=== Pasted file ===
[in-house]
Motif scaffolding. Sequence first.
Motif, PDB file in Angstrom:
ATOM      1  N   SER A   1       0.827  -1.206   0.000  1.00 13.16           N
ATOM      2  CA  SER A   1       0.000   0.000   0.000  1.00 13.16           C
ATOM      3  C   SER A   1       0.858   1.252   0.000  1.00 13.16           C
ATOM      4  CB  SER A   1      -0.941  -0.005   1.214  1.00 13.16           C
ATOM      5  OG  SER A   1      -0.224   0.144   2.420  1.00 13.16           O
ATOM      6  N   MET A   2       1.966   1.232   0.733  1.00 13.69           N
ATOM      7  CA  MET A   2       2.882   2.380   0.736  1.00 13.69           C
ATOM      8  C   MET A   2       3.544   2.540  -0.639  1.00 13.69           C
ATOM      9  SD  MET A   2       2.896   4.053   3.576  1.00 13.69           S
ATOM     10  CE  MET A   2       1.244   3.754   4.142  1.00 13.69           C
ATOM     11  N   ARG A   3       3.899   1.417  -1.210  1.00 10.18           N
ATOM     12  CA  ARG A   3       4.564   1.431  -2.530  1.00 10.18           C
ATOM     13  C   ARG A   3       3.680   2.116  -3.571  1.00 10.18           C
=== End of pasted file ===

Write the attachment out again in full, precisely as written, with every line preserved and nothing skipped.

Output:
[in-house]
Motif scaffolding. Sequence first.
Motif, PDB file in Angstrom:
ATOM      1  N   SER A   1       0.827  -1.206   0.000  1.00 13.16           N
ATOM      2  CA  SER A   1       0.000   0.000   0.000  1.00 13.16           C
ATOM      3  C   SER A   1       0.858   1.252   0.000  1.00 13.16           C
ATOM      4  CB  SER A   1      -0.941  -0.005   1.214  1.00 13.16           C
ATOM      5  OG  SER A   1      -0.224   0.144   2.420  1.00 13.16           O
ATOM      6  N   MET A   2       1.966   1.232   0.733  1.00 13.69           N
ATOM      7  CA  MET A   2       2.882   2.380   0.736  1.00 13.69           C
ATOM      8  C   MET A   2       3.544   2.540  -0.639  1.00 13.69           C
ATOM      9  SD  MET A   2       2.896   4.053   3.576  1.00 13.69           S
ATOM     10  CE  MET A   2       1.244   3.754   4.142  1.00 13.69           C
ATOM     11  N   ARG A   3       3.899   1.417  -1.210  1.00 10.18           N
ATOM     12  CA  ARG A   3       4.564   1.431  -2.530  1.00 10.18           C
ATOM     13  C   ARG A   3       3.680   2.116  -3.571  1.00 10.18           C